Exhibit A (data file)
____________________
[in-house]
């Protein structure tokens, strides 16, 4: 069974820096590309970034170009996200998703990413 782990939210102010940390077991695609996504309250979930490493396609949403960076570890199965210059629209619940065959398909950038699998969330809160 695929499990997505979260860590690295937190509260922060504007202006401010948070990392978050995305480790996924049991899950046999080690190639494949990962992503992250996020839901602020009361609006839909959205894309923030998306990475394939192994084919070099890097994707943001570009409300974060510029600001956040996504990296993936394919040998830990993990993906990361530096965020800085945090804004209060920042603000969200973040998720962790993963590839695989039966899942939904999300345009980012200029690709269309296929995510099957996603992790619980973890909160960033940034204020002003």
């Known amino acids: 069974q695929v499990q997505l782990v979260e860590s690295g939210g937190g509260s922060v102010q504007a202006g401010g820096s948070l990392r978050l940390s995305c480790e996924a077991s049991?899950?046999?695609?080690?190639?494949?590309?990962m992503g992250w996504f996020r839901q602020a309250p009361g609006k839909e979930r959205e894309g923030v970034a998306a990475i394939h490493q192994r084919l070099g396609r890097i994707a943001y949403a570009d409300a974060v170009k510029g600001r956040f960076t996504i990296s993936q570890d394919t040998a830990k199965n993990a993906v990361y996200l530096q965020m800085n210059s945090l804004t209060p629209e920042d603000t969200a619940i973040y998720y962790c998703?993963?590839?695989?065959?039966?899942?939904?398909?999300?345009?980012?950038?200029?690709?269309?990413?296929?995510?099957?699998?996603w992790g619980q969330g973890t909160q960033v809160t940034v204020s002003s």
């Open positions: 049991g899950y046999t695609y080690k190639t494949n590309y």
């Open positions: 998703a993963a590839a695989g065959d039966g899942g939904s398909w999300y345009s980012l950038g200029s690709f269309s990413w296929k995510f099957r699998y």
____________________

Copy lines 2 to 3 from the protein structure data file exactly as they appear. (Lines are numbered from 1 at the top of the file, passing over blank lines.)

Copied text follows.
């Protein structure tokens, strides 16, 4: 069974820096590309970034170009996200998703990413 782990939210102010940390077991695609996504309250979930490493396609949403960076570890199965210059629209619940065959398909950038699998969330809160 695929499990997505979260860590690295937190509260922060504007202006401010948070990392978050995305480790996924049991899950046999080690190639494949990962992503992250996020839901602020009361609006839909959205894309923030998306990475394939192994084919070099890097994707943001570009409300974060510029600001956040996504990296993936394919040998830990993990993906990361530096965020800085945090804004209060920042603000969200973040998720962790993963590839695989039966899942939904999300345009980012200029690709269309296929995510099957996603992790619980973890909160960033940034204020002003």
């Known amino acids: 069974q695929v499990q997505l782990v979260e860590s690295g939210g937190g509260s922060v102010q504007a202006g401010g820096s948070l990392r978050l940390s995305c480790e996924a077991s049991?899950?046999?695609?080690?190639?494949?590309?990962m992503g992250w996504f996020r839901q602020a309250p009361g609006k839909e979930r959205e894309g923030v970034a998306a990475i394939h490493q192994r084919l070099g396609r890097i994707a943001y949403a570009d409300a974060v170009k510029g600001r956040f960076t996504i990296s993936q570890d394919t040998a830990k199965n993990a993906v990361y996200l530096q965020m800085n210059s945090l804004t209060p629209e920042d603000t969200a619940i973040y998720y962790c998703?993963?590839?695989?065959?039966?899942?939904?398909?999300?345009?980012?950038?200029?690709?269309?990413?296929?995510?099957?699998?996603w992790g619980q969330g973890t909160q960033v809160t940034v204020s002003s």